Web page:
Today we are going to stray from the slower more controlling decks I have been focusing on so far in Immortal, to look at something capable of lighting the queue on fire. Not only is today’s deck a fantastic choice for farming Hex Primal Immortal tickets as fast as possible, but it will also leave your wallet exceptionally happy with it’s price tag.

The Deck

Let’s take a look at a Mono Ruby “Sligh” deck powered by Urgnock:

Mono Ruby Sligh (Immortal)

The basic gameplan of the deck is fairly straightforward. We play a low resource count with an even lower curve to allow us to quickly overwhelm our opponent’s with a go-wide strategy. Our average card quality is generally lower than what is present in other decks, but because we have a higher percentage of non-resources in our deck we can generally afford to be trading two of our cards for one of our opponent’s as we push damage through aggressively.

The core of our deck is centered around getting a slew of tiny, angry ruby troops into play as quick as possible. Some of our troops are fairly straight forward beaters that simply have good damage output for their resources:

Stalagmage may seem a bit out of place, but thanks to his diligence trigger he essentially attacks for three damage every turn.

While some of our other troops offer some flexibility in how we are able to attack with them:

Quash Ride Tusker is probably the single most terrifying troop in this deck. He essentially attacks for two additional points of damage every turn and makes all of our troop buffs count twice. Embertongue Skarn is a reasonable one drop that also has high enough toughness to give us some resistance to cards like Heat Wave and Scars of War. Unmerciful Tormentor is one of our best tools for attacking through opposing troops. Because most of our cards cost just one, we can generally empty our hand by the third turn of the game making Tormentor a one cost 4/4 fairly quickly.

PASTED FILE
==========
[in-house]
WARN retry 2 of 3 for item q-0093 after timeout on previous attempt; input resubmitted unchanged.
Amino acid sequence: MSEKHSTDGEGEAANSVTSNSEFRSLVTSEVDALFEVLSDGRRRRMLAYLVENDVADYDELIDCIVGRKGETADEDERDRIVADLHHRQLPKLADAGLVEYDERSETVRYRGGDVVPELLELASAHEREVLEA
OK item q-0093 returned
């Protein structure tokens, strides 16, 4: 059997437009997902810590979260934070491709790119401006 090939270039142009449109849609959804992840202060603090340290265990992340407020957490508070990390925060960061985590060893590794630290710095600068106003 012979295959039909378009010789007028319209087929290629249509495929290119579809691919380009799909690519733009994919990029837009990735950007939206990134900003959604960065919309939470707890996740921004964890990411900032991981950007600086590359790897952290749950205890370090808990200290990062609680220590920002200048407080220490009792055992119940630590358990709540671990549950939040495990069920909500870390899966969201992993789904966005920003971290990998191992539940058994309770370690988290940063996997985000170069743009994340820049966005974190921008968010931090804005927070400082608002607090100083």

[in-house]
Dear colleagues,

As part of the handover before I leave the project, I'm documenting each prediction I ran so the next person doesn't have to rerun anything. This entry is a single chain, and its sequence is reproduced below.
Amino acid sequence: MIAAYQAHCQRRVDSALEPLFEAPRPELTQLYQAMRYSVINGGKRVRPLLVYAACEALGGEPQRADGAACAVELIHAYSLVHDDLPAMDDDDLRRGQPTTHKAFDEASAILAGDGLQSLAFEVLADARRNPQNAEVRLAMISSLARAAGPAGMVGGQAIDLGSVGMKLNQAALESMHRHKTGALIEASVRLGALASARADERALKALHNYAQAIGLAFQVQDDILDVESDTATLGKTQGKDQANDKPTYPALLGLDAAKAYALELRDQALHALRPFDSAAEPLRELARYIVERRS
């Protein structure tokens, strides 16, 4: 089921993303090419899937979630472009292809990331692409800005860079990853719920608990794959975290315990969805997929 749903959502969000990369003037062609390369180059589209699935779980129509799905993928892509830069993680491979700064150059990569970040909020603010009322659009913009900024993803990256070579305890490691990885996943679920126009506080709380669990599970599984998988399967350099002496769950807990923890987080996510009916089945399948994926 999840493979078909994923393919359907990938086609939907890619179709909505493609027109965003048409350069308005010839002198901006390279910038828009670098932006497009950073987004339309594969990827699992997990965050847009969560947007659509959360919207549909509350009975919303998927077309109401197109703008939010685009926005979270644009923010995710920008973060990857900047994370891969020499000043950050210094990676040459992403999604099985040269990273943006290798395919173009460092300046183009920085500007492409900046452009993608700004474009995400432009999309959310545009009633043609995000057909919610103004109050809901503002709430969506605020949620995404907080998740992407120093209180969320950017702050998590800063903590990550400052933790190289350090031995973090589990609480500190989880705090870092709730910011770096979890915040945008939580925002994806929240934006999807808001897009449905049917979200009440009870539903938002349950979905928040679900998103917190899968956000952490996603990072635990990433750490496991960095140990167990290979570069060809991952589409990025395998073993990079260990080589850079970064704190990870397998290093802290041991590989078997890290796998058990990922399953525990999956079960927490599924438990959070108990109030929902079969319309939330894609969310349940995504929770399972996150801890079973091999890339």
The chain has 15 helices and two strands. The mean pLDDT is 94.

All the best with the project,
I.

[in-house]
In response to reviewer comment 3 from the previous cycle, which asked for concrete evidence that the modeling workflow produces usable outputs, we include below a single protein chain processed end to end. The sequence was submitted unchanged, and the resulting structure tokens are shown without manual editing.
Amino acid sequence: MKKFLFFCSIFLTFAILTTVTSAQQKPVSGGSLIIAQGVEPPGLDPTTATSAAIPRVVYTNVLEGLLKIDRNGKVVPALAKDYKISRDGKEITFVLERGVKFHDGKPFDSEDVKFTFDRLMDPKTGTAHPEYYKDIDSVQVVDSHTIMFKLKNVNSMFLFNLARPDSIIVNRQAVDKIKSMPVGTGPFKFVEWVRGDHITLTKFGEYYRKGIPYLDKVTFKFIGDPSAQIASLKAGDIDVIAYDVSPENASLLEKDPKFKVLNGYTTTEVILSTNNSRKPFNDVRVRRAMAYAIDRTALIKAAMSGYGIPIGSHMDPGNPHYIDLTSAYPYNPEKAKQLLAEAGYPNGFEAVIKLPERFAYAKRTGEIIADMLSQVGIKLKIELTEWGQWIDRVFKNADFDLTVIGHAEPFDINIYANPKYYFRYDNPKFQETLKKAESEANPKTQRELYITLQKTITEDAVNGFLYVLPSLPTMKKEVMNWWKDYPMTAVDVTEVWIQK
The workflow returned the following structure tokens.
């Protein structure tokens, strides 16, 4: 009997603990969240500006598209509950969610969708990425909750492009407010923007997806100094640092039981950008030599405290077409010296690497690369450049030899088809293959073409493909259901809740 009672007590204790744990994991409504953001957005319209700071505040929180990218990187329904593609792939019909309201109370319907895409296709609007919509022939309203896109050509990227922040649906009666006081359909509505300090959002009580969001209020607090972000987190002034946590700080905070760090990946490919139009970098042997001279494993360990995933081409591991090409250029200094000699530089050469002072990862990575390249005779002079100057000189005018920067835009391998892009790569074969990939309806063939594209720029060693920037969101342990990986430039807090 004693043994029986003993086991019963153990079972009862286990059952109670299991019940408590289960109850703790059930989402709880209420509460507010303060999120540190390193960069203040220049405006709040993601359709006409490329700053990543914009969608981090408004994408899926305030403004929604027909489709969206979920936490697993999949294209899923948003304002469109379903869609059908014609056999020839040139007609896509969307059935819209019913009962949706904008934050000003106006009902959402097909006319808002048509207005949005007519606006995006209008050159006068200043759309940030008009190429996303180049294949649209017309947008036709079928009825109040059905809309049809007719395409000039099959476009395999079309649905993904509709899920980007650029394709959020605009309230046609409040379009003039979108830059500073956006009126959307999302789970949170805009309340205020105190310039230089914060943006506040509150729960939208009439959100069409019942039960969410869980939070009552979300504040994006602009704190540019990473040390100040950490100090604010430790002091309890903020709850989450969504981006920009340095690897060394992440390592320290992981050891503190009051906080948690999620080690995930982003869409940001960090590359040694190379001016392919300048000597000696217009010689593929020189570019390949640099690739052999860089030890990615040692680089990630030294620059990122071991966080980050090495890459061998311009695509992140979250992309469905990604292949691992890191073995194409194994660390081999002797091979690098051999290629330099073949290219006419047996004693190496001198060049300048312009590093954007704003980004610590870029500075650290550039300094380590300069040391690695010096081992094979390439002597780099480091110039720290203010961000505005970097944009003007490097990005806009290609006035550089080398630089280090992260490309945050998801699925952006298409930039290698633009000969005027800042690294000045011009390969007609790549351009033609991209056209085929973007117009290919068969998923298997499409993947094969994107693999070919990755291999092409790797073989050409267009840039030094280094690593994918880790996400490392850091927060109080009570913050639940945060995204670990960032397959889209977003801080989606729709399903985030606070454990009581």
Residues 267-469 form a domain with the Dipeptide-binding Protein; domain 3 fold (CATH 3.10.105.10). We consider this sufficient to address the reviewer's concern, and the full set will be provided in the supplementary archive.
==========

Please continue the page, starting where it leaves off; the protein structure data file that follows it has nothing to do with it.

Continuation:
Rounding out our troops we have the only card in our main deck that costs more than one resource:


On most boards Fierce Warlord is generally adding anywhere from three to five power for just two resources. More importantly though, Warlord gives our troops increased defense as well. This means they are able to attack profitably into opposing 1/1 troops such as Howling Brave and Cottontail Explorer.

Sometimes when talking about the cards a deck is playing it is important to mention some of the cards that were not good enough to make the cut. While I was streaming, the card we got the most questions about was this guy:


There are two reasons we are not playing Escape Goat. The first is that our deck is really low on resources most games. This means we generally will not have an extra resource to keep replaying a goat out every single turn when our opponent can block it. The second reason is the non-bo that Escape Goat is with Unmerciful Tormentor. If you are attacking with an Escape Goat your opponent can just block it to take the bonus off of your Tormentors in play.